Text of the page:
After pay, health insurance has become the most essential inducement small businesses use to recruit and keep employees motivated. However, many employers are finding the ability to supply cost-effective health insurance harder as premiums continue to rise and the options available are still decreasing. Employers have started to think”out of the box” and are taking a look at new ways to provide their worker’s benefit programs and keep them inspired.
NAPEO, the National Association of Professional Employer Organizations, conducted an employee benefits survey in November 2007 of its own members’ customers to comprehend the issues of small and midsize companies. NAPEO is an organization that reflects firms, PEOs, which concentrate on providing human resources outsourcing service and worker benefit packages to small and midsize employers nationally. Mirroring the sentiment throughout the nation, the trade association found that health care costs have been their second-biggest worry after bringing employees.
The poll also revealed that more than half the 365 small businesses surveyed reported their premiums climbed up to 10 percent annually, and almost one in 10 advised NAPEO they’d dump their health policy annually or two are uncertain about it. A number of these firms said they will pass at least some costs along to employees next year. One in five said they’d raise co-payments for office visits or deductibles; one in four said they would raise premiums.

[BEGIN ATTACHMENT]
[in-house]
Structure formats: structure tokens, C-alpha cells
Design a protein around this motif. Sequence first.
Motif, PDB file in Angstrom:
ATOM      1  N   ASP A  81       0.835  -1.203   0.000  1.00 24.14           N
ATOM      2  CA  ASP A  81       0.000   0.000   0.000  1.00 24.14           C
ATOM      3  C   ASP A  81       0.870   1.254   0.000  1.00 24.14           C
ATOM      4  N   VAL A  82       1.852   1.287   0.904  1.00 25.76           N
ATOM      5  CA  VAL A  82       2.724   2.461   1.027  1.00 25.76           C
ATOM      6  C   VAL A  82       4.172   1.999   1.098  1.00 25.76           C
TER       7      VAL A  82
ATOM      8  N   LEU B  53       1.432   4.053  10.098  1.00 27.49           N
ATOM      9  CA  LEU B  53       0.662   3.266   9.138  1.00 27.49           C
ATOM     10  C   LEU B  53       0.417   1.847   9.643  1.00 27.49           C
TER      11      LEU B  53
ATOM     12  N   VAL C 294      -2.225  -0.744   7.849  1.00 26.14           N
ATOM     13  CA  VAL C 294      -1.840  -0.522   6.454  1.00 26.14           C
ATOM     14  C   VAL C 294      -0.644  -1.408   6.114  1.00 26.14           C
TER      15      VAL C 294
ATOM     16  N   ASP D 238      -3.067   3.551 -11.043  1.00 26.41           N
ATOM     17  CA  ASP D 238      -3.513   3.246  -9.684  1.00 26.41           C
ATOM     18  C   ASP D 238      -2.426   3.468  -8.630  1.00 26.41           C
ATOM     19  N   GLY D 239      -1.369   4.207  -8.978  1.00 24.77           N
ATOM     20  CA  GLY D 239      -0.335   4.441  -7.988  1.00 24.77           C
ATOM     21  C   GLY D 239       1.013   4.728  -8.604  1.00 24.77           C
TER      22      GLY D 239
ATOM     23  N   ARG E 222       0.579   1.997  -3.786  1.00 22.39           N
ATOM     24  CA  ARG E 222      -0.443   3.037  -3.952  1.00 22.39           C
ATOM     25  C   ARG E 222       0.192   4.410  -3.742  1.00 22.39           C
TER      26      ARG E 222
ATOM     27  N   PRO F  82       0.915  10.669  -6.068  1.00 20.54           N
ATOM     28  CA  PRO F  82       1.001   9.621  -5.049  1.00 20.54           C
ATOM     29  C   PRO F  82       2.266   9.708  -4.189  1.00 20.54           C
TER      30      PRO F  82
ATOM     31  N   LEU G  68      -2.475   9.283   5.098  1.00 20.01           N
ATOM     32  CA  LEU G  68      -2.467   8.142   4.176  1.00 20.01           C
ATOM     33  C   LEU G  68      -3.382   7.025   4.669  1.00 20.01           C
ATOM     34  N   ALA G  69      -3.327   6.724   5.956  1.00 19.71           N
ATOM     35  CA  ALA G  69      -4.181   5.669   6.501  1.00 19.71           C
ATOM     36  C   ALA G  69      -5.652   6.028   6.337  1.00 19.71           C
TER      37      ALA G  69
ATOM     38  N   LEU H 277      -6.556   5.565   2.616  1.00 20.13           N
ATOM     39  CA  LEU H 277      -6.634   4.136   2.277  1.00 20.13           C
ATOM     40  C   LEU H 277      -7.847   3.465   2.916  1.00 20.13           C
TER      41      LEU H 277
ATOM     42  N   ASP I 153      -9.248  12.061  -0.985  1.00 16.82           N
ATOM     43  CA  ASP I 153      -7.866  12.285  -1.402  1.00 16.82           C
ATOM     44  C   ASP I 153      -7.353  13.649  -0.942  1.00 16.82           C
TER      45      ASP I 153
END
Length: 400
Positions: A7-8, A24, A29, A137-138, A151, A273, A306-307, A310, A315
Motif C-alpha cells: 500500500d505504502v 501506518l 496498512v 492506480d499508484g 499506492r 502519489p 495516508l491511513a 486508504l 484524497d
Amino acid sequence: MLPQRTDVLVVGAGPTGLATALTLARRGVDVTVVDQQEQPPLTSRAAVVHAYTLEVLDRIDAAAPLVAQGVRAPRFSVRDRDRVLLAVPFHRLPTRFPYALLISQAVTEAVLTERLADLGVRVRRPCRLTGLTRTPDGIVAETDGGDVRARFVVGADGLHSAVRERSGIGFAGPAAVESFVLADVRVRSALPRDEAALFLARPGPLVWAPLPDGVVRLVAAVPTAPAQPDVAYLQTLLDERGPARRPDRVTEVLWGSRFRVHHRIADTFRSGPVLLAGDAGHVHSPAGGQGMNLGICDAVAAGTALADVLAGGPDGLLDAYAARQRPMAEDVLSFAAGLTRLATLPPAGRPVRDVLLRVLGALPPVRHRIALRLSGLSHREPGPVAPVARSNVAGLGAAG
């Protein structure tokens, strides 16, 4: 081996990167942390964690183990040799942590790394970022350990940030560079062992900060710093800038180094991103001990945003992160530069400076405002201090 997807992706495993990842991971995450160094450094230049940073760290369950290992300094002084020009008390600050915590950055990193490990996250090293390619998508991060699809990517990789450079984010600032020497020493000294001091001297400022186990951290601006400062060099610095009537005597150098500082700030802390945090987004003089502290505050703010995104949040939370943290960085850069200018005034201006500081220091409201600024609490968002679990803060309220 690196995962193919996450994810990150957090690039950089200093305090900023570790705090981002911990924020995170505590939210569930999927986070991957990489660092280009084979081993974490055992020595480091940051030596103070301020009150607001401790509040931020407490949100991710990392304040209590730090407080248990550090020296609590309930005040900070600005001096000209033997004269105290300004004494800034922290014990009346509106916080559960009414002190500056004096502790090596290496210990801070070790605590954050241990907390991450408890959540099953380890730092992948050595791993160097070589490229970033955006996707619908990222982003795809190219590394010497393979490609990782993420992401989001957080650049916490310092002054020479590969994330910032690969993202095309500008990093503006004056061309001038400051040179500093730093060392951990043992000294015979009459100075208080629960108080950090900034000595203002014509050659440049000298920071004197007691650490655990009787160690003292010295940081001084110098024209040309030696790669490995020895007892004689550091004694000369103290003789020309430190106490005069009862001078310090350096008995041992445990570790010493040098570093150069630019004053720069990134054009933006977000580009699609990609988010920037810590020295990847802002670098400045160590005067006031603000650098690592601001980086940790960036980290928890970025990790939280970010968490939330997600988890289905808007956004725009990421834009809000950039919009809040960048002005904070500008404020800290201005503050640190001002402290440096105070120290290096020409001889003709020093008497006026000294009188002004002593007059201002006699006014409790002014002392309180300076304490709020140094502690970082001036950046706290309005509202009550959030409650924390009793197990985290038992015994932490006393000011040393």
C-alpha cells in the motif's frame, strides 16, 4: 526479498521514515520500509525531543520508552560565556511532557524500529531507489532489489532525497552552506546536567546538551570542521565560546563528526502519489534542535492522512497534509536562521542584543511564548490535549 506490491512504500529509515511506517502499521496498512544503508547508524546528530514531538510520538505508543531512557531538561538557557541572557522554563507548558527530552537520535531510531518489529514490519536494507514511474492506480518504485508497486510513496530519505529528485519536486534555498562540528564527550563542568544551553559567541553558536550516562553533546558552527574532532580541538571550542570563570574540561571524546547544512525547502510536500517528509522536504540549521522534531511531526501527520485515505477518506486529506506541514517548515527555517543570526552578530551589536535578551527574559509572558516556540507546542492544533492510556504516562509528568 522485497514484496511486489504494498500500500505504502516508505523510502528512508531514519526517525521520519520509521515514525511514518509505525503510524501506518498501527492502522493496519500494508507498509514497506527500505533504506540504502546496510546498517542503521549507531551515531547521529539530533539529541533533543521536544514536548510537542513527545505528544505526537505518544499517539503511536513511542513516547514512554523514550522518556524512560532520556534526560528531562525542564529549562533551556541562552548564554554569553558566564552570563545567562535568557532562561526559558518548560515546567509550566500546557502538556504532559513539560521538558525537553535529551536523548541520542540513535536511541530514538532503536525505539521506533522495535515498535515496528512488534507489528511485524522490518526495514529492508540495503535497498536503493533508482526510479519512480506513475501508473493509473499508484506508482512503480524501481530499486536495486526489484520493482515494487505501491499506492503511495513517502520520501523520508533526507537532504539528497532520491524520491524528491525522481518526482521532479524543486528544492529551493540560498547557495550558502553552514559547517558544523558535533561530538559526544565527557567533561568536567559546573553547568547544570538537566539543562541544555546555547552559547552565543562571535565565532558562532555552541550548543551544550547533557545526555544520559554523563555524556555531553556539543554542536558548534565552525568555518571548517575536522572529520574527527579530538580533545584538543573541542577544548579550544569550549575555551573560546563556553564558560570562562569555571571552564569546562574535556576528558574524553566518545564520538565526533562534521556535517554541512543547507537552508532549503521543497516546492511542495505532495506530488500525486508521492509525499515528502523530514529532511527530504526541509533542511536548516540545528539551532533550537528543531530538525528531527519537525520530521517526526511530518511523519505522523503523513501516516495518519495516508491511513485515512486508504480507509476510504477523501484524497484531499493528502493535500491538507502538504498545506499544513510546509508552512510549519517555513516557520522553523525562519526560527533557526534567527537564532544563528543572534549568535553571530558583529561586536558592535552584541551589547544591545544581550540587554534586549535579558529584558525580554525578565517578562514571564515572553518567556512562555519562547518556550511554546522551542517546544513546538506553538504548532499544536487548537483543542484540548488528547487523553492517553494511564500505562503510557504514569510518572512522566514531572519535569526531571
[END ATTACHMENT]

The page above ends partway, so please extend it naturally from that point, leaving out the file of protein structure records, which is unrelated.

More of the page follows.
California Employers Feel The Squeeze
The poll was conducted nationally, but employers in particular states, such as California, are being hit the hardest. Michael Holmes, Client Services Director of CPEhr, a Los Angeles-based Professional Employer Organization, isn’t surprised. “This is just another wake-up call,” says Holmes. “Soaring health insurance prices in California are hitting small businesses particularly hard and these businesses use the vast majority of workers. This is a very troubling development, not just for small businesses and their workers, but for the whole economy.” Find out more here!
A report recently published by the California State Library, entitled, “Ninety Years of Health Insurance Reform Efforts in California” by Michael Dimmitt, Ph.D. of the California Research Bureau, reviews the history of health insurance in California dating back to 1918. It shows some startling facts and reasons for much greater concern in California:
” Between 1961 and 2002, health care prices increased almost without disturbance. No attempt to contain them has proven effective over the long run.
” Federal programs provide health care coverage to over 7.4 million Californians. If the programs weren’t in place, the number of uninsured in the state would doublecheck.